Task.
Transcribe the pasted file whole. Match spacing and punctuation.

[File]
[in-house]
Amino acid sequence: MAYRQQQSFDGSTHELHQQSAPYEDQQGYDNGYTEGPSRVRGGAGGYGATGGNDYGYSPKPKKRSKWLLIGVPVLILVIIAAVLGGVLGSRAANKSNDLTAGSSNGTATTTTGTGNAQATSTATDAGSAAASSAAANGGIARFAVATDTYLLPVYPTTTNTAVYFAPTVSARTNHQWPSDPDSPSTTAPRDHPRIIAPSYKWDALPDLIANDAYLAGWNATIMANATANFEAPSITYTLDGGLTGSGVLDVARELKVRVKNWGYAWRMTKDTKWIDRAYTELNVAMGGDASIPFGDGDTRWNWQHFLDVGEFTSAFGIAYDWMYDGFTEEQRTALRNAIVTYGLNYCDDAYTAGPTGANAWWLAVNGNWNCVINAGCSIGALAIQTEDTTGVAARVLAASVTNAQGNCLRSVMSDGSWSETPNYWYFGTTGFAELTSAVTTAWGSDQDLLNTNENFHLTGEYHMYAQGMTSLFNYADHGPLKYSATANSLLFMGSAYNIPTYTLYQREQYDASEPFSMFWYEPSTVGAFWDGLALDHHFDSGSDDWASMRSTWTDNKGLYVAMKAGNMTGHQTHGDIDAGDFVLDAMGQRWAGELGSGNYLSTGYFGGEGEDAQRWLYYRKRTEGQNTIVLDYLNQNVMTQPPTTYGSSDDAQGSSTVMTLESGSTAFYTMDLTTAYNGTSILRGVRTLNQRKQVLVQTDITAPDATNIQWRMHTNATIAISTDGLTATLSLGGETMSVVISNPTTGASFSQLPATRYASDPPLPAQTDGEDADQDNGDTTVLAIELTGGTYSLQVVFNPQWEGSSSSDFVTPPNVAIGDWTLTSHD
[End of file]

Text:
[in-house]
Amino acid sequence: MAYRQQQSFDGSTHELHQQSAPYEDQQGYDNGYTEGPSRVRGGAGGYGATGGNDYGYSPKPKKRSKWLLIGVPVLILVIIAAVLGGVLGSRAANKSNDLTAGSSNGTATTTTGTGNAQATSTATDAGSAAASSAAANGGIARFAVATDTYLLPVYPTTTNTAVYFAPTVSARTNHQWPSDPDSPSTTAPRDHPRIIAPSYKWDALPDLIANDAYLAGWNATIMANATANFEAPSITYTLDGGLTGSGVLDVARELKVRVKNWGYAWRMTKDTKWIDRAYTELNVAMGGDASIPFGDGDTRWNWQHFLDVGEFTSAFGIAYDWMYDGFTEEQRTALRNAIVTYGLNYCDDAYTAGPTGANAWWLAVNGNWNCVINAGCSIGALAIQTEDTTGVAARVLAASVTNAQGNCLRSVMSDGSWSETPNYWYFGTTGFAELTSAVTTAWGSDQDLLNTNENFHLTGEYHMYAQGMTSLFNYADHGPLKYSATANSLLFMGSAYNIPTYTLYQREQYDASEPFSMFWYEPSTVGAFWDGLALDHHFDSGSDDWASMRSTWTDNKGLYVAMKAGNMTGHQTHGDIDAGDFVLDAMGQRWAGELGSGNYLSTGYFGGEGEDAQRWLYYRKRTEGQNTIVLDYLNQNVMTQPPTTYGSSDDAQGSSTVMTLESGSTAFYTMDLTTAYNGTSILRGVRTLNQRKQVLVQTDITAPDATNIQWRMHTNATIAISTDGLTATLSLGGETMSVVISNPTTGASFSQLPATRYASDPPLPAQTDGEDADQDNGDTTVLAIELTGGTYSLQVVFNPQWEGSSSSDFVTPPNVAIGDWTLTSHD